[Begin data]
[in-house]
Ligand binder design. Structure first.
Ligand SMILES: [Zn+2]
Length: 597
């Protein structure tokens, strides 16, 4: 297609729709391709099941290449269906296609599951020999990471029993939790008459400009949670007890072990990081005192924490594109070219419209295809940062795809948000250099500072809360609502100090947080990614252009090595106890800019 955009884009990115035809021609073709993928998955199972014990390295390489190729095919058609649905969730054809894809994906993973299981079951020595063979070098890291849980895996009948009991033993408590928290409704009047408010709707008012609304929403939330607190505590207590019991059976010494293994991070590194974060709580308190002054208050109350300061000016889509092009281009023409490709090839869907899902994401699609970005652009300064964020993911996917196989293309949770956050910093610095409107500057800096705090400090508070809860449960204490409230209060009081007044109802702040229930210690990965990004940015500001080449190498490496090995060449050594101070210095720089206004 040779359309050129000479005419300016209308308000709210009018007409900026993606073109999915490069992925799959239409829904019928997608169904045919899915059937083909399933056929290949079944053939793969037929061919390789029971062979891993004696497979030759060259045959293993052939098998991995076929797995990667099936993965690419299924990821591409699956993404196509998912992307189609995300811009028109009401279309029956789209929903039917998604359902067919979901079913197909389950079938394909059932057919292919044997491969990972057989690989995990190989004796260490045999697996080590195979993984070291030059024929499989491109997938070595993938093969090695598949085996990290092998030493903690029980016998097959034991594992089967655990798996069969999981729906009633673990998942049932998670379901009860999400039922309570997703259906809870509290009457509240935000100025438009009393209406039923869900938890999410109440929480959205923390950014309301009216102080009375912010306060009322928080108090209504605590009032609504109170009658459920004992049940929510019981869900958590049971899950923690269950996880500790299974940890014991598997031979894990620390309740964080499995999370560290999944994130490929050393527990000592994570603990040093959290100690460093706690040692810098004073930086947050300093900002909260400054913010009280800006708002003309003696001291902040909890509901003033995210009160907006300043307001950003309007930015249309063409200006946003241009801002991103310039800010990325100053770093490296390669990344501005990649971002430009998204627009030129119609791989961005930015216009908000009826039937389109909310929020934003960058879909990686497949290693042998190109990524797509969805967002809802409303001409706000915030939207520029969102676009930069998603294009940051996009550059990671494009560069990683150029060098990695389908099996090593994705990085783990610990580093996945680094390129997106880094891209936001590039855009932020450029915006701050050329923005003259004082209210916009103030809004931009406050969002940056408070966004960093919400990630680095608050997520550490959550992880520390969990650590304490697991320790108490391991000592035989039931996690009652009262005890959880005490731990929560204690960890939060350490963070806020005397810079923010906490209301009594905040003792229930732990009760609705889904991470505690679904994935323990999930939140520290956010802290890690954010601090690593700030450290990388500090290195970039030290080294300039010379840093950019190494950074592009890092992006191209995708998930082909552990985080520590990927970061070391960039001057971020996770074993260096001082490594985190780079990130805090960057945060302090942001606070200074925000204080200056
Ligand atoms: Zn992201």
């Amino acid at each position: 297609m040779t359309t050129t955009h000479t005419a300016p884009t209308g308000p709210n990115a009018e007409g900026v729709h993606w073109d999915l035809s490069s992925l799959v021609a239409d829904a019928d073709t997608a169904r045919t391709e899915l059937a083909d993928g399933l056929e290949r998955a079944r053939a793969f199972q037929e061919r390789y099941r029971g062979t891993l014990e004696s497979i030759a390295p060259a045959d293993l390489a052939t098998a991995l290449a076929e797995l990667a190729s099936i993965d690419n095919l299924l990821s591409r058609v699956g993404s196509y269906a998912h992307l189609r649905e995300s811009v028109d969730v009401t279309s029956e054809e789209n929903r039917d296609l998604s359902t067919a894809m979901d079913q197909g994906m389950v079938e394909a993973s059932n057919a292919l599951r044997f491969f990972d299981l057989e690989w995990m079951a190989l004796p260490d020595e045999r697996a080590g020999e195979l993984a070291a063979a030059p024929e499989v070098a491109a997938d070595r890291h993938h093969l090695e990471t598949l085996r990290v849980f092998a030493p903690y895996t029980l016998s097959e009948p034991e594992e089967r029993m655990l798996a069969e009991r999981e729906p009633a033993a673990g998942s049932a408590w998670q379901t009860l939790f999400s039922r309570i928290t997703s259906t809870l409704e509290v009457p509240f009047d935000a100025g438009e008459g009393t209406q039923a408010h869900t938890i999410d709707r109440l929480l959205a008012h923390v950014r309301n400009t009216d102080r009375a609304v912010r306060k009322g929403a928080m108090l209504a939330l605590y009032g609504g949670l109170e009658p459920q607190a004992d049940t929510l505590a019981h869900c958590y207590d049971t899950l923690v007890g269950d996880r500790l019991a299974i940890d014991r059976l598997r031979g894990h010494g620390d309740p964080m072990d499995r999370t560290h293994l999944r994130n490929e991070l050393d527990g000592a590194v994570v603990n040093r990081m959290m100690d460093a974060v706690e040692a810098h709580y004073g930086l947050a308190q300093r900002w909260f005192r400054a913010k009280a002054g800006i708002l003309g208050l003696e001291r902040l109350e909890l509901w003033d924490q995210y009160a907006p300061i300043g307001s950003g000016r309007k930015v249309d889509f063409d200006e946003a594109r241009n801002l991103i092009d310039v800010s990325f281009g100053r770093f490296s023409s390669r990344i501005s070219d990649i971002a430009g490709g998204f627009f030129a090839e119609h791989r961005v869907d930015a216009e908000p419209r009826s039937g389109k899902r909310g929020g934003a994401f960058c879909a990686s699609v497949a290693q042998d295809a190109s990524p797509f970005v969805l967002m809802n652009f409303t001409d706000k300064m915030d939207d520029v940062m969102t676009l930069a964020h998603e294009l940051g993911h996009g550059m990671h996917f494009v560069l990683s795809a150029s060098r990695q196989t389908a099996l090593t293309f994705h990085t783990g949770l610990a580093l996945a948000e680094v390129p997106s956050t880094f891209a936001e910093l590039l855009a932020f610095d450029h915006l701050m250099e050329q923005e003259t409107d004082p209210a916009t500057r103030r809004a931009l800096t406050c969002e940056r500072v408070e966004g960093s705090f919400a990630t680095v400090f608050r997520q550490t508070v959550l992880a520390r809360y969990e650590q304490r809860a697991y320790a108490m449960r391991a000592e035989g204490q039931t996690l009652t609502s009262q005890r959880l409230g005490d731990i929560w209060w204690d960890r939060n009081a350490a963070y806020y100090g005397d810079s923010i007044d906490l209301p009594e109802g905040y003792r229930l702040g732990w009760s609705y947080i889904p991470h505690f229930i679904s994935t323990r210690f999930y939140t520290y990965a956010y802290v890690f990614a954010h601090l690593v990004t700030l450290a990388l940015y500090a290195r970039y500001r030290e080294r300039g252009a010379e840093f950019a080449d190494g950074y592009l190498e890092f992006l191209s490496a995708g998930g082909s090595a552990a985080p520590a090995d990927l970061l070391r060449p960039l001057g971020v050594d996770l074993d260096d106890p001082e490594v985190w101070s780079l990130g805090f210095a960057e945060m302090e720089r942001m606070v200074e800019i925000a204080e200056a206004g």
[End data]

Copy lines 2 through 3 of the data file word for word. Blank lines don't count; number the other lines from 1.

Ligand binder design. Structure first.
Ligand SMILES: [Zn+2]